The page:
Attitudes to Muslims
GOOD HUMOUR and entertainment are much neglected elements in the furtherance of religion. They might not make converts, but they help a great deal with the PR. It is dangerous to draw too many conclusions from the British Social Attitudes survey, but the coolness towards Muslims (34 per cent of the sample) recorded in the survey suggests that the burgeoning Muslim stand-up scene has not yet penetrated the general population (Press). By contrast, only 13 per cent registered coolness towards Jews. This relative warmth is probably not all attributable to Lionel Blue, but his popularity certainly helped the cause. The clue to this is the unpopularity of those defined merely as “deeply religious”, who were regarded only marginally more warmly than Muslims. “Deep religion” was not defined, but in the public’s mind assumes such characteristics as earnestness, unreasonableness, and humourlessness, none of which endears a group to its neighbours.
One thing is clear. The intentions of the Churches to forge closer relations with Muslims after 9/11 have not yet borne fruit, certainly in the eyes of the general public. The reasons are many, chief among them being diversity among Muslim groups and, it must be said, Christians. There are notable exceptions, but no national programme has been attempted, even at the level of cordiality. It might help if the Week of Prayer for Christian Unity were now extended to include neighbours who follow other faiths.
Women bishops delay
THERE are two sorts of waiting. One is the wait while a family comes to a decision about whether it wants to journey to a particular place. Time can pass during consultations and preparation, but it is generally considered well spent in order to reach a proper agreement. The second sort of wait is when, having decided on its journey, the family stands on a snowy platform awaiting a scheduled train that the rail company has just taken out of service.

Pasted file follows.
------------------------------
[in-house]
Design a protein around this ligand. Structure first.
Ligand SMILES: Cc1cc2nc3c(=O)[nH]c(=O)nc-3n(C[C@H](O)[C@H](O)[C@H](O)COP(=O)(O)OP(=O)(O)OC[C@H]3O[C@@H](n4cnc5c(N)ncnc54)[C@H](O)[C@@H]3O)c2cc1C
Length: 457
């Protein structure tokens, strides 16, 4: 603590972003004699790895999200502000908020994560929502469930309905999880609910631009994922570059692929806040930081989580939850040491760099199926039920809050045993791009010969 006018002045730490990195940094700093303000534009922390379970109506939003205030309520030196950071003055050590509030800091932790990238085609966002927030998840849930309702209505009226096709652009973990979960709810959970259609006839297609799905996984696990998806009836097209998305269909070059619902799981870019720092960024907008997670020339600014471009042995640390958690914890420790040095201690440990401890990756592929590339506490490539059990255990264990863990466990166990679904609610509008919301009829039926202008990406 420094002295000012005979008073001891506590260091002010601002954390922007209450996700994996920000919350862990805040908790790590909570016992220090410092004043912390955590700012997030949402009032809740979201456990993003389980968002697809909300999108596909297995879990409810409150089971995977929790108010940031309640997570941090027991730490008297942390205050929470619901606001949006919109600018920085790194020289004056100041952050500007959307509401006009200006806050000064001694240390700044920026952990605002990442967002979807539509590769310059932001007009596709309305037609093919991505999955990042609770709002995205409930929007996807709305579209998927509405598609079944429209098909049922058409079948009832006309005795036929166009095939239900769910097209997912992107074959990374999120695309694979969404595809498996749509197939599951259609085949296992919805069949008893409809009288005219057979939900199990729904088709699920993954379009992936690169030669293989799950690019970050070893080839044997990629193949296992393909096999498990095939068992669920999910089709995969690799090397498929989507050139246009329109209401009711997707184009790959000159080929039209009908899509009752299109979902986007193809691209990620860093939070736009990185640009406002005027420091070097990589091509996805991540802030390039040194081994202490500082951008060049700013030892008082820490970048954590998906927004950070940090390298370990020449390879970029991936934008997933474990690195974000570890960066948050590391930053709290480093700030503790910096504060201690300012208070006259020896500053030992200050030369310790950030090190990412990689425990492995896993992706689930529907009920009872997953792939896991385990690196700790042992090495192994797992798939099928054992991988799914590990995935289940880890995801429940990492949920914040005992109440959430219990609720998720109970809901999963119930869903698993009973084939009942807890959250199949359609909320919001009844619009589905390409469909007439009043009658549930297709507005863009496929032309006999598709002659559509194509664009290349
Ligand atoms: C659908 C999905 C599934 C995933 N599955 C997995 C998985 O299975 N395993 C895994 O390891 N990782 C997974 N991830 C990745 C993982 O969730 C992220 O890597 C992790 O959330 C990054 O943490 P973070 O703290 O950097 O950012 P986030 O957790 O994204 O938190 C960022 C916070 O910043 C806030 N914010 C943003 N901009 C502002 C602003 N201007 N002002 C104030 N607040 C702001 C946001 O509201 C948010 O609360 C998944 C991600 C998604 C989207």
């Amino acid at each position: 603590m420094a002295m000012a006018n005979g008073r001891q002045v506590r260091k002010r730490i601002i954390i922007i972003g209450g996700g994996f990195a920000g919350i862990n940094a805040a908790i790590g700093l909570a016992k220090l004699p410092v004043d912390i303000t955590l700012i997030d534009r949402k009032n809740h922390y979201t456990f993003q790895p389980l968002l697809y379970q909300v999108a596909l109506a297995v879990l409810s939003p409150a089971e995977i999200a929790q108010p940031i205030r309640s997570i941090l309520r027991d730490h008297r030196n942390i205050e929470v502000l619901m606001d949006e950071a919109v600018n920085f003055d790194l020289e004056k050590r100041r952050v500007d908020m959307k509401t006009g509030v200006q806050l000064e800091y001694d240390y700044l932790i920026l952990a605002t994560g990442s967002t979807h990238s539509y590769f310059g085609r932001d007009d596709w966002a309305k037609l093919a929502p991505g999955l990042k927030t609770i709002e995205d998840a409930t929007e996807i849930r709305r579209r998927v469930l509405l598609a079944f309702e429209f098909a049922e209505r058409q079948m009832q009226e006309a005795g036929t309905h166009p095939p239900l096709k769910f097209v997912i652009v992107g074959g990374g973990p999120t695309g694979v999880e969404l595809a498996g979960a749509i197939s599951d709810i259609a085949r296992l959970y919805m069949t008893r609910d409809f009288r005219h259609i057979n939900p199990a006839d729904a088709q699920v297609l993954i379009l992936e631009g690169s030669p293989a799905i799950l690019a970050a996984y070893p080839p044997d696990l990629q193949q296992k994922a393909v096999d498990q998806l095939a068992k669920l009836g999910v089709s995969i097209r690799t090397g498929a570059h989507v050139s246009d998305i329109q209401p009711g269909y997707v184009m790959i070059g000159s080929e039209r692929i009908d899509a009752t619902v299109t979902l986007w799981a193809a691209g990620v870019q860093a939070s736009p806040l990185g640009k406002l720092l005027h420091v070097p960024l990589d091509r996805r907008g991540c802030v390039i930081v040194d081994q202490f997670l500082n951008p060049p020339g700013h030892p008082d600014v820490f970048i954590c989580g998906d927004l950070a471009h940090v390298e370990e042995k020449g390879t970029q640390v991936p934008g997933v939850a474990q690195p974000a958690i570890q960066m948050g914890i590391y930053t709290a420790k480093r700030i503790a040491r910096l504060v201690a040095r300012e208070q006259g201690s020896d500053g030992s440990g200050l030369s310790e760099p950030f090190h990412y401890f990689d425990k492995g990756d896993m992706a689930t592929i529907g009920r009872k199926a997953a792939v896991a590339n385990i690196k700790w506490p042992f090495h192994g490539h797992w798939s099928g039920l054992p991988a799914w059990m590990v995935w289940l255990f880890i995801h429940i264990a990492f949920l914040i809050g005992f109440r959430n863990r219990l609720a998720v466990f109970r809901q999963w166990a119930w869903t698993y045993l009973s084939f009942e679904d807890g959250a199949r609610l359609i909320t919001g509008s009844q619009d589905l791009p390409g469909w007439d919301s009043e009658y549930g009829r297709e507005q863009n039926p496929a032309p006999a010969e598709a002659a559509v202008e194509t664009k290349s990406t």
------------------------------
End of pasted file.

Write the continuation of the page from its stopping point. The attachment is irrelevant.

Churchpeople are entitled to feel irritated that the revision committee charged with taking forward the draft women-bishops legislation has missed its February deadline. The next stage of the process must therefore be delayed till the General Synod meets again in July. It is, though, important that the Synod comes up with the best possible legislation to introduce women to the episcopate without reservation while, at the same time, seeking not to unchurch those who object. This was the Synod’s express wish, and it cannot be any surprise that the revision committee has struggled to fulfil both sides of this task. Returning to the analogy above, there is no point in the train’s arriving in the station if the whole family is not on the platform. The committee now needs to be more open about its deliberations in order to curb the Synod’s impatience.